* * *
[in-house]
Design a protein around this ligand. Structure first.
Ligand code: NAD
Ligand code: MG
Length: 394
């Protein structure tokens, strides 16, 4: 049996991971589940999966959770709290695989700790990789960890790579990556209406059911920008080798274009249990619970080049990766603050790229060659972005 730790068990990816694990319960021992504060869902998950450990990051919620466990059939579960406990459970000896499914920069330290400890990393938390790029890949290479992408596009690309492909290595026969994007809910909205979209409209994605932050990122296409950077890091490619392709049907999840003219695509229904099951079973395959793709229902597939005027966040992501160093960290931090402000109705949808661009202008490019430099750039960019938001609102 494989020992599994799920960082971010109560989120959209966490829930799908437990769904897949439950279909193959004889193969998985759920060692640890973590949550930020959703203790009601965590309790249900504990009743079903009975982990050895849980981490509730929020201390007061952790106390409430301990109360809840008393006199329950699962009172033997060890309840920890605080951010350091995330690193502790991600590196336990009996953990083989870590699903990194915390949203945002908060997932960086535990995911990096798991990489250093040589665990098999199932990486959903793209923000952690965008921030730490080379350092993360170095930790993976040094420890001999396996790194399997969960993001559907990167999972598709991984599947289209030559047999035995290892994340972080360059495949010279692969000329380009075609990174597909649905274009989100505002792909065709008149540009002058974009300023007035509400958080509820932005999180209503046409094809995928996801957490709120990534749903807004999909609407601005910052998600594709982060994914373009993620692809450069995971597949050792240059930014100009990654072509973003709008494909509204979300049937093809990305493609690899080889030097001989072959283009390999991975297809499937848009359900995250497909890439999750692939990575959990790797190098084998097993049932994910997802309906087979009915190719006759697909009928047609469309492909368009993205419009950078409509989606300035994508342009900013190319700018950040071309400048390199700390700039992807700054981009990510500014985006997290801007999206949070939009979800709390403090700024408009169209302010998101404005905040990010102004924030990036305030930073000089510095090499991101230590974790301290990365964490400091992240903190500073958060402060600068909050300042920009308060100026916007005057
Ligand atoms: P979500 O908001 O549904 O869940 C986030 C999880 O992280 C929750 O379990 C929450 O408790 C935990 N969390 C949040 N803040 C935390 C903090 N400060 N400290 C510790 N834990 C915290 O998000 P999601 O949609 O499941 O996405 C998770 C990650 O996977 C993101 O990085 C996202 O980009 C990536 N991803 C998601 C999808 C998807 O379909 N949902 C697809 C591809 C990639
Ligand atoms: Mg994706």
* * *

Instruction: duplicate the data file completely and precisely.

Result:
[in-house]
Design a protein around this ligand. Structure first.
Ligand code: NAD
Ligand code: MG
Length: 394
């Protein structure tokens, strides 16, 4: 049996991971589940999966959770709290695989700790990789960890790579990556209406059911920008080798274009249990619970080049990766603050790229060659972005 730790068990990816694990319960021992504060869902998950450990990051919620466990059939579960406990459970000896499914920069330290400890990393938390790029890949290479992408596009690309492909290595026969994007809910909205979209409209994605932050990122296409950077890091490619392709049907999840003219695509229904099951079973395959793709229902597939005027966040992501160093960290931090402000109705949808661009202008490019430099750039960019938001609102 494989020992599994799920960082971010109560989120959209966490829930799908437990769904897949439950279909193959004889193969998985759920060692640890973590949550930020959703203790009601965590309790249900504990009743079903009975982990050895849980981490509730929020201390007061952790106390409430301990109360809840008393006199329950699962009172033997060890309840920890605080951010350091995330690193502790991600590196336990009996953990083989870590699903990194915390949203945002908060997932960086535990995911990096798991990489250093040589665990098999199932990486959903793209923000952690965008921030730490080379350092993360170095930790993976040094420890001999396996790194399997969960993001559907990167999972598709991984599947289209030559047999035995290892994340972080360059495949010279692969000329380009075609990174597909649905274009989100505002792909065709008149540009002058974009300023007035509400958080509820932005999180209503046409094809995928996801957490709120990534749903807004999909609407601005910052998600594709982060994914373009993620692809450069995971597949050792240059930014100009990654072509973003709008494909509204979300049937093809990305493609690899080889030097001989072959283009390999991975297809499937848009359900995250497909890439999750692939990575959990790797190098084998097993049932994910997802309906087979009915190719006759697909009928047609469309492909368009993205419009950078409509989606300035994508342009900013190319700018950040071309400048390199700390700039992807700054981009990510500014985006997290801007999206949070939009979800709390403090700024408009169209302010998101404005905040990010102004924030990036305030930073000089510095090499991101230590974790301290990365964490400091992240903190500073958060402060600068909050300042920009308060100026916007005057
Ligand atoms: P979500 O908001 O549904 O869940 C986030 C999880 O992280 C929750 O379990 C929450 O408790 C935990 N969390 C949040 N803040 C935390 C903090 N400060 N400290 C510790 N834990 C915290 O998000 P999601 O949609 O499941 O996405 C998770 C990650 O996977 C993101 O990085 C996202 O980009 C990536 N991803 C998601 C999808 C998807 O379909 N949902 C697809 C591809 C990639
Ligand atoms: Mg994706």